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Decision No. 13,707

Appeal of DOUGLAS and JUDY H., on behalf of their daughter, SHEILA H.; BELINDA O., on behalf of her daughter, AUTUMN O.; DEBORAH E., on behalf of her daughter, APRIL E.; CHARLES and TERRY S., on behalf of their daughter, STACY S.; LARRY and PAMELA C., on behalf of KATIE O.; BEV B., on behalf of her granddaughter, VICTORIA B.; DANA and SANDY T., on behalf of SKARPHEDINN I., from action of the Board of Education of the Keshequa Central School District regarding student discipline.

Decision No. 13,707

(November 27, 1996)

Fitzsimmons, DesMarteau, Beale and Nunn, Esqs., attorneys for petitioners, George DesMarteau, Esq., of counsel

Harris Beach & Wilcox, LLP, attorneys for respondent, Andrea Terrillion, Esq., of counsel

MILLS, Commissioner.--Petitioners challenge the disciplinary action taken by the Board of Education of the Keshequa Central School District ("respondent") against the above-named students. The appeal must be dismissed.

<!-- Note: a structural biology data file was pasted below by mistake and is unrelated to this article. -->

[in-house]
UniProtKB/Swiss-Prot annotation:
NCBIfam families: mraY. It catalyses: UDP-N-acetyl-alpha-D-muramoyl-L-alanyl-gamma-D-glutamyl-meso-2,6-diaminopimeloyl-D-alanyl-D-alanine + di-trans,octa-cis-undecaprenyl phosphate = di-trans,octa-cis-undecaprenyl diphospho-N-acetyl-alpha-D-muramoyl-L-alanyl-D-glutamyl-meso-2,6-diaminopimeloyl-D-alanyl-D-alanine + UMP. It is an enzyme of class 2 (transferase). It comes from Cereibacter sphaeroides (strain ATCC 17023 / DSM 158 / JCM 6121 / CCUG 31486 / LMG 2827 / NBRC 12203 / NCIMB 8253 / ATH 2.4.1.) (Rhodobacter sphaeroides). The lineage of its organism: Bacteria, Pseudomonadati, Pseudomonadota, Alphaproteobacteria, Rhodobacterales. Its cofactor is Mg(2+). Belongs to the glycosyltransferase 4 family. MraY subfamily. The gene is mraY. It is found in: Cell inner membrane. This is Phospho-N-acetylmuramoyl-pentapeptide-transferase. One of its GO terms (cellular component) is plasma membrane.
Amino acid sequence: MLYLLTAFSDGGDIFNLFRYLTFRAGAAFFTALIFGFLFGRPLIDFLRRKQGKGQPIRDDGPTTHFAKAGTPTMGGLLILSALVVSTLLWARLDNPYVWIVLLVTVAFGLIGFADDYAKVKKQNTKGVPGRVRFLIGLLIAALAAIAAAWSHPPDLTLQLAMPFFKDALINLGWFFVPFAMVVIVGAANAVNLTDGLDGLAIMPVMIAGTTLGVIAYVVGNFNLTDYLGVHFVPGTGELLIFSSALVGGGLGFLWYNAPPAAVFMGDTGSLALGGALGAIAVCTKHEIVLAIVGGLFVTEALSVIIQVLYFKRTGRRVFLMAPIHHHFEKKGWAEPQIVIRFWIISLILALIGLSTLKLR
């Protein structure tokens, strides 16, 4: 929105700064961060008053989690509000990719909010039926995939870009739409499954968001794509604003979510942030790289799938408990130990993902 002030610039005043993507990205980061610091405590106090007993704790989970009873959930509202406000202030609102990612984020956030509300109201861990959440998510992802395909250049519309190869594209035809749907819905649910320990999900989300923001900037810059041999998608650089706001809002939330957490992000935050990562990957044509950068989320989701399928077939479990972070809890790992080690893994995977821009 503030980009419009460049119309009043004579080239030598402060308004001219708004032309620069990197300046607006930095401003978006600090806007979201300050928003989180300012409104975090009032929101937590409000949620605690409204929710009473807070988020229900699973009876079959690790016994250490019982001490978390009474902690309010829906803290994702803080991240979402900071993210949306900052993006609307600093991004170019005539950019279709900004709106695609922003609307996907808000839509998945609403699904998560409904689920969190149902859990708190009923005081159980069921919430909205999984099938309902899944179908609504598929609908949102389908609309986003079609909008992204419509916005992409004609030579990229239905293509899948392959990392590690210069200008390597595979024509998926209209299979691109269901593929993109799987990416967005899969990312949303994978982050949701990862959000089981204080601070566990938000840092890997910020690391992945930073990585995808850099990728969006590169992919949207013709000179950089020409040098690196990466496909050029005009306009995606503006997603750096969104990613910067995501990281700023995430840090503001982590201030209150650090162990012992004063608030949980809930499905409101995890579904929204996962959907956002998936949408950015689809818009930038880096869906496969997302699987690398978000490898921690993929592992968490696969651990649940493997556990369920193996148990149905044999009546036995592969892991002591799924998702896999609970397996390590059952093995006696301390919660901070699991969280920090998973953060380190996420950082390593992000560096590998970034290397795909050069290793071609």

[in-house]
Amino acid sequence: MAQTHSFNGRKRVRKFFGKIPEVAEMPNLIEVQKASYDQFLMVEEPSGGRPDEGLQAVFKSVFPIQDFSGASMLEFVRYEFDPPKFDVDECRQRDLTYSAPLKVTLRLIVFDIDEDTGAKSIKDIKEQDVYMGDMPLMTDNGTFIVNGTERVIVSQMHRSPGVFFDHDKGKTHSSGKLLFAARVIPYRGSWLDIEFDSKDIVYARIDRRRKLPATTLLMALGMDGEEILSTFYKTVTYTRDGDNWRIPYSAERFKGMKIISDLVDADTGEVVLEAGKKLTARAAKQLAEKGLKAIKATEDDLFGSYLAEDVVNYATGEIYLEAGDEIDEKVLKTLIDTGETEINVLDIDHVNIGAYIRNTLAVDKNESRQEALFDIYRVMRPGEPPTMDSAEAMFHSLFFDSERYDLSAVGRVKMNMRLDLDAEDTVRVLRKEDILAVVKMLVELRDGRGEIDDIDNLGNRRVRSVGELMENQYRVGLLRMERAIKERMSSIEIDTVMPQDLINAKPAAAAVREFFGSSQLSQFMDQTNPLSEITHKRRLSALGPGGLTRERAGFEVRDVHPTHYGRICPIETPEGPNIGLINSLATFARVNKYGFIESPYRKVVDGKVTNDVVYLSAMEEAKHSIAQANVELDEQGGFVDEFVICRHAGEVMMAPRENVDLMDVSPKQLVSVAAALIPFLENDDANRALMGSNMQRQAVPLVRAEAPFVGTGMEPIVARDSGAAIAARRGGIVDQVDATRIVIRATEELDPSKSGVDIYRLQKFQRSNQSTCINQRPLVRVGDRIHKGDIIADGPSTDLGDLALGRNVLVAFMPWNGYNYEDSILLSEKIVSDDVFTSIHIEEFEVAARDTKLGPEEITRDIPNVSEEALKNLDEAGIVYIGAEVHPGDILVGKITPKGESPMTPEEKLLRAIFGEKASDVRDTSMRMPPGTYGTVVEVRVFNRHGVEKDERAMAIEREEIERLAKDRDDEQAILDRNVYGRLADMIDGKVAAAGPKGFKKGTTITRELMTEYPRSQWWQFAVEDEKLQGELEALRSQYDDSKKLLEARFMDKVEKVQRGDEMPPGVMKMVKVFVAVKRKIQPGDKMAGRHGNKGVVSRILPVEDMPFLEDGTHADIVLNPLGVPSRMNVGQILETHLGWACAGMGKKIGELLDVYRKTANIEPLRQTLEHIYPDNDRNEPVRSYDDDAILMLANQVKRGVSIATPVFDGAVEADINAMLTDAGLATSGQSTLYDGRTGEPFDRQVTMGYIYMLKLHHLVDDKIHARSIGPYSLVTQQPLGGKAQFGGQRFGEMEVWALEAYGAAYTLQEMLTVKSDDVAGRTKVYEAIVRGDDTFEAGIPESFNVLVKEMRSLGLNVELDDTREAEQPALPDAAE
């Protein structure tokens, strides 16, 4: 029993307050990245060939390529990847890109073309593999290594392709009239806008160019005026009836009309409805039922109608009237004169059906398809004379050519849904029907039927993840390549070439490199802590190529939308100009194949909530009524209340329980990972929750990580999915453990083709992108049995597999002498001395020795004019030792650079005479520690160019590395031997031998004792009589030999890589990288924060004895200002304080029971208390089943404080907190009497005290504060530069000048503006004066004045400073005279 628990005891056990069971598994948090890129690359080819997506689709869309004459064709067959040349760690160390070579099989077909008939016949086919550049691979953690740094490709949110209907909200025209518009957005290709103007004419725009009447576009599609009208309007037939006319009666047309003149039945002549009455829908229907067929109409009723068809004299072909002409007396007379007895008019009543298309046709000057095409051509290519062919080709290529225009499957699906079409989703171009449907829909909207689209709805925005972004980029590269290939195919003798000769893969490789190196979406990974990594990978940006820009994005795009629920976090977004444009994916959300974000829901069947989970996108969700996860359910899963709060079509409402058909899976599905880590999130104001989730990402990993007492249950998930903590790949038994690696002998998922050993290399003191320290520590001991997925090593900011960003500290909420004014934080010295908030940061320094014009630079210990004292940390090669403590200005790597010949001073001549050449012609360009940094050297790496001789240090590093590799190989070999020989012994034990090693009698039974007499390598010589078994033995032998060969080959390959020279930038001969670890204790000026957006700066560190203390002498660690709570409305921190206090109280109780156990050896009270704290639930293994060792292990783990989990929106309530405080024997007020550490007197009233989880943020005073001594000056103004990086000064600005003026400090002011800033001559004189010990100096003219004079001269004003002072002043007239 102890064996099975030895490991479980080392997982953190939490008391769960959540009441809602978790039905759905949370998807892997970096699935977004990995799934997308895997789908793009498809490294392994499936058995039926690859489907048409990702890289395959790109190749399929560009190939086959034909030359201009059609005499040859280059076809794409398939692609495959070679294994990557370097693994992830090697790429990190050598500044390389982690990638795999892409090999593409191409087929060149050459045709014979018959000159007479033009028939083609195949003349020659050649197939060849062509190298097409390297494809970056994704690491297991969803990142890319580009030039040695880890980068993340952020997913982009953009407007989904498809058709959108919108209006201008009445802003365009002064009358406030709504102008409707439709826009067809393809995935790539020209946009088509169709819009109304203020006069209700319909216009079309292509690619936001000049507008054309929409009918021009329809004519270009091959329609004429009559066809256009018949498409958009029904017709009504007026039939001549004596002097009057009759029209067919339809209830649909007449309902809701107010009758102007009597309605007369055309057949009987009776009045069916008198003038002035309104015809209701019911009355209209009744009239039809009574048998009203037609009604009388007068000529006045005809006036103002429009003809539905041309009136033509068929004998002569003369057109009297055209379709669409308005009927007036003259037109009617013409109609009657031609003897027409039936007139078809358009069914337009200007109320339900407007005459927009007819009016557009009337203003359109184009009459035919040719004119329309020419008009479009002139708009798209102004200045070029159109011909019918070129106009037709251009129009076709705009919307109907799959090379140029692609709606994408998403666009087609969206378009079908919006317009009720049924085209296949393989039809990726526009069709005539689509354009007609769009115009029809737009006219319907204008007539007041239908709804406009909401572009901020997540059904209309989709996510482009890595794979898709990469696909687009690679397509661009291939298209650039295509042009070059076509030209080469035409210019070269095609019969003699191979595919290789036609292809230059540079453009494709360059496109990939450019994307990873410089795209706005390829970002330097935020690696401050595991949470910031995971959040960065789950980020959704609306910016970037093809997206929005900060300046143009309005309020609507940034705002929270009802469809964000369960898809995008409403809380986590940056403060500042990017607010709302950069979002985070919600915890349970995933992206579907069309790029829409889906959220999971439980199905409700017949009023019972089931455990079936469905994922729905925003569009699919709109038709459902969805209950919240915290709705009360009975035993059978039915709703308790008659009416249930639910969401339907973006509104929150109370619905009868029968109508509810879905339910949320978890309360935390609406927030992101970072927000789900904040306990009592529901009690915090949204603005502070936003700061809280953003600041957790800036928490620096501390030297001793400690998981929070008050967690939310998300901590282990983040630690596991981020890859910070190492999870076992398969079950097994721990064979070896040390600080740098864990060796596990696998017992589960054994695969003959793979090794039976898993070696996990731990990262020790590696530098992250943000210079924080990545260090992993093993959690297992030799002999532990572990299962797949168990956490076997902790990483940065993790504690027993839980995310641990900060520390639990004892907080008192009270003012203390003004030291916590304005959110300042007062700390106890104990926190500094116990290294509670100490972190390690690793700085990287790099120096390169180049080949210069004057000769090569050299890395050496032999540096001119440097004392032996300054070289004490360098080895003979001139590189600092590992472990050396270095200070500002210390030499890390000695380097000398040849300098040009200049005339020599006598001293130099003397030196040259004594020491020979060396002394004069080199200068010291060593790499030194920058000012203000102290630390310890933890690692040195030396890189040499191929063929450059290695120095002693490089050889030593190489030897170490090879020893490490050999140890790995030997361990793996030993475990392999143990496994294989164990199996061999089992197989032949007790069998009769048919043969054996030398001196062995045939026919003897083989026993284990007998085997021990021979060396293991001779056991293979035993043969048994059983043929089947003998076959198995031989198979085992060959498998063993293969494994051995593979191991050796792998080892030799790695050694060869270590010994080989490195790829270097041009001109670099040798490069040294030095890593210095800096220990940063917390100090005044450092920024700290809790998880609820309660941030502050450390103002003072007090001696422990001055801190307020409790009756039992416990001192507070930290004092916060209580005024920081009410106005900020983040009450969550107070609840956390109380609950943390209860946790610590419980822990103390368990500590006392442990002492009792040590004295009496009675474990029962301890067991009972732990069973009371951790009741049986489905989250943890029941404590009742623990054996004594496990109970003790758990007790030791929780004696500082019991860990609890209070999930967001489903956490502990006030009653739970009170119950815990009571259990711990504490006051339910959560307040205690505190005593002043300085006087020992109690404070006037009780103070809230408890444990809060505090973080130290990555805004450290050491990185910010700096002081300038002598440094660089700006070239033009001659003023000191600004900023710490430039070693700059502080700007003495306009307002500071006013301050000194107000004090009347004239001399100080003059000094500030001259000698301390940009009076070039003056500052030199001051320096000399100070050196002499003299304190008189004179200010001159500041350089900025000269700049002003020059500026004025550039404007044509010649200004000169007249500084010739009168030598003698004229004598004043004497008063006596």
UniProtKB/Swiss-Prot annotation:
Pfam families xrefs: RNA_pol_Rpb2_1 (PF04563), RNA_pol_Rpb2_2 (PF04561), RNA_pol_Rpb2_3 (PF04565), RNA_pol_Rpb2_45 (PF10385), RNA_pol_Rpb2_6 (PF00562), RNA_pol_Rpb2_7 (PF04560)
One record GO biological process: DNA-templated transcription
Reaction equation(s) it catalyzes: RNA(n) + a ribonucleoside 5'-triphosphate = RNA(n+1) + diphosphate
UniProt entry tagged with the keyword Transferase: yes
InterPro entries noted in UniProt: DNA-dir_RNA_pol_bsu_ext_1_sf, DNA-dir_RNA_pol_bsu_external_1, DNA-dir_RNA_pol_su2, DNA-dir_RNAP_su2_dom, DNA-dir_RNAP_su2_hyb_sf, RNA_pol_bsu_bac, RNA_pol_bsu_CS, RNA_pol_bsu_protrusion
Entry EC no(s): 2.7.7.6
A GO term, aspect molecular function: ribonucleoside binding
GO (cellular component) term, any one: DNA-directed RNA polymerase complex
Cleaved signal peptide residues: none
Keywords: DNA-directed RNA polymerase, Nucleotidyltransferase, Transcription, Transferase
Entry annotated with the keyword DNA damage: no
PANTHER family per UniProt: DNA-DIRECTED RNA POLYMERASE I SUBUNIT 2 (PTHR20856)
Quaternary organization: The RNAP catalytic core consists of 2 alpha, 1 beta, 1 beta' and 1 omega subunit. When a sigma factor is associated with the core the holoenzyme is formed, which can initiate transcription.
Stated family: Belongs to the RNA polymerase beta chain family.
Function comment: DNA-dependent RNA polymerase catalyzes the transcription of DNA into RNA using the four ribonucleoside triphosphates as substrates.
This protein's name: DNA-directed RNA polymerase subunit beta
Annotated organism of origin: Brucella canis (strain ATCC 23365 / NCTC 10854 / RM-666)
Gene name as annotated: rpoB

On March 1, 1996, the above-named students travelled to Rochester, New York, for the Boys' Varsity Basketball Sectional Championships. The cheerleading squad was scheduled to receive their Section V awards at the sectional championships and perform a routine at half-time on Saturday, March 2, 1996. The students attended the event with coaches and parent chaperons. In the early morning hours of March 2, 1996, some students attended a party, apparently organized by former graduates of respondent's high school, at the hotel where the students were staying. Upon discovering that some of the students were not in their rooms at 1 a.m., the cheerleading coach and a chaperon searched the hotel.

Some of the students were found leaving a room on the second floor. The cheerleading coach knocked on the door of the room and a male student, Skarphedinn I., answered. When the cheerleading coach walked into the room, she noticed cigarette smoke and liquor. The coach saw Katie O. and Sheila H. present in the room. The coach informed the hotel's front desk of the incident. The coach also telephoned the parents of the students involved and some of the students went home. The remaining students spoke to the coach about the incident and identified four cheerleaders who were not present in the room and not involved in the incident.

On March 4, 1996 the junior-senior high school principal, with the assistance of the athletic director and the cheerleading coach, investigated the incident. The students were interviewed and upon a student's request, their parents were present during the interview.